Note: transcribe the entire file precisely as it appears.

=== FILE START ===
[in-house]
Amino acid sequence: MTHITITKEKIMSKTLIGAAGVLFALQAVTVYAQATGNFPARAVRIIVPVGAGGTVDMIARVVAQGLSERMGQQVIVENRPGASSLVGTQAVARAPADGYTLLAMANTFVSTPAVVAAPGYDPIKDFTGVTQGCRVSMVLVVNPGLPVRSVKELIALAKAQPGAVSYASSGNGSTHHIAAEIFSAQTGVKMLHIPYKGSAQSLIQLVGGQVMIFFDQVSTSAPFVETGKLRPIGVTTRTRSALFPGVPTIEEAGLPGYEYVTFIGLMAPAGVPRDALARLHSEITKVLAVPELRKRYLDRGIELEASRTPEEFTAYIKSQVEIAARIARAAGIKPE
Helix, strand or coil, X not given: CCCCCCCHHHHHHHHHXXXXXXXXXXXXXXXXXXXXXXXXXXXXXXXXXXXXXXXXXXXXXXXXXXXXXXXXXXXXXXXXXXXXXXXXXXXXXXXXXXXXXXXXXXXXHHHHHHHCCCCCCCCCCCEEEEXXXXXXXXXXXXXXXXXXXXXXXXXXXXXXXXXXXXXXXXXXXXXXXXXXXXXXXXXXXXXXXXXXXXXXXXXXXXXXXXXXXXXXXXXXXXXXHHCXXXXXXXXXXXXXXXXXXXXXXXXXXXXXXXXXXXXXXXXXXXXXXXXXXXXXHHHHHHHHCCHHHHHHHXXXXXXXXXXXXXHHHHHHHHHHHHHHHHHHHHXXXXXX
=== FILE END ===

[in-house]
Amino acid sequence: MTHITITKEKIMSKTLIGAAGVLFALQAVTVYAQATGNFPARAVRIIVPVGAGGTVDMIARVVAQGLSERMGQQVIVENRPGASSLVGTQAVARAPADGYTLLAMANTFVSTPAVVAAPGYDPIKDFTGVTQGCRVSMVLVVNPGLPVRSVKELIALAKAQPGAVSYASSGNGSTHHIAAEIFSAQTGVKMLHIPYKGSAQSLIQLVGGQVMIFFDQVSTSAPFVETGKLRPIGVTTRTRSALFPGVPTIEEAGLPGYEYVTFIGLMAPAGVPRDALARLHSEITKVLAVPELRKRYLDRGIELEASRTPEEFTAYIKSQVEIAARIARAAGIKPE
Helix, strand or coil, X not given: CCCCCCCHHHHHHHHHXXXXXXXXXXXXXXXXXXXXXXXXXXXXXXXXXXXXXXXXXXXXXXXXXXXXXXXXXXXXXXXXXXXXXXXXXXXXXXXXXXXXXXXXXXXXHHHHHHHCCCCCCCCCCCEEEEXXXXXXXXXXXXXXXXXXXXXXXXXXXXXXXXXXXXXXXXXXXXXXXXXXXXXXXXXXXXXXXXXXXXXXXXXXXXXXXXXXXXXXXXXXXXXXHHCXXXXXXXXXXXXXXXXXXXXXXXXXXXXXXXXXXXXXXXXXXXXXXXXXXXXXHHHHHHHHCCHHHHHHHXXXXXXXXXXXXXHHHHHHHHHHHHHHHHHHHHXXXXXX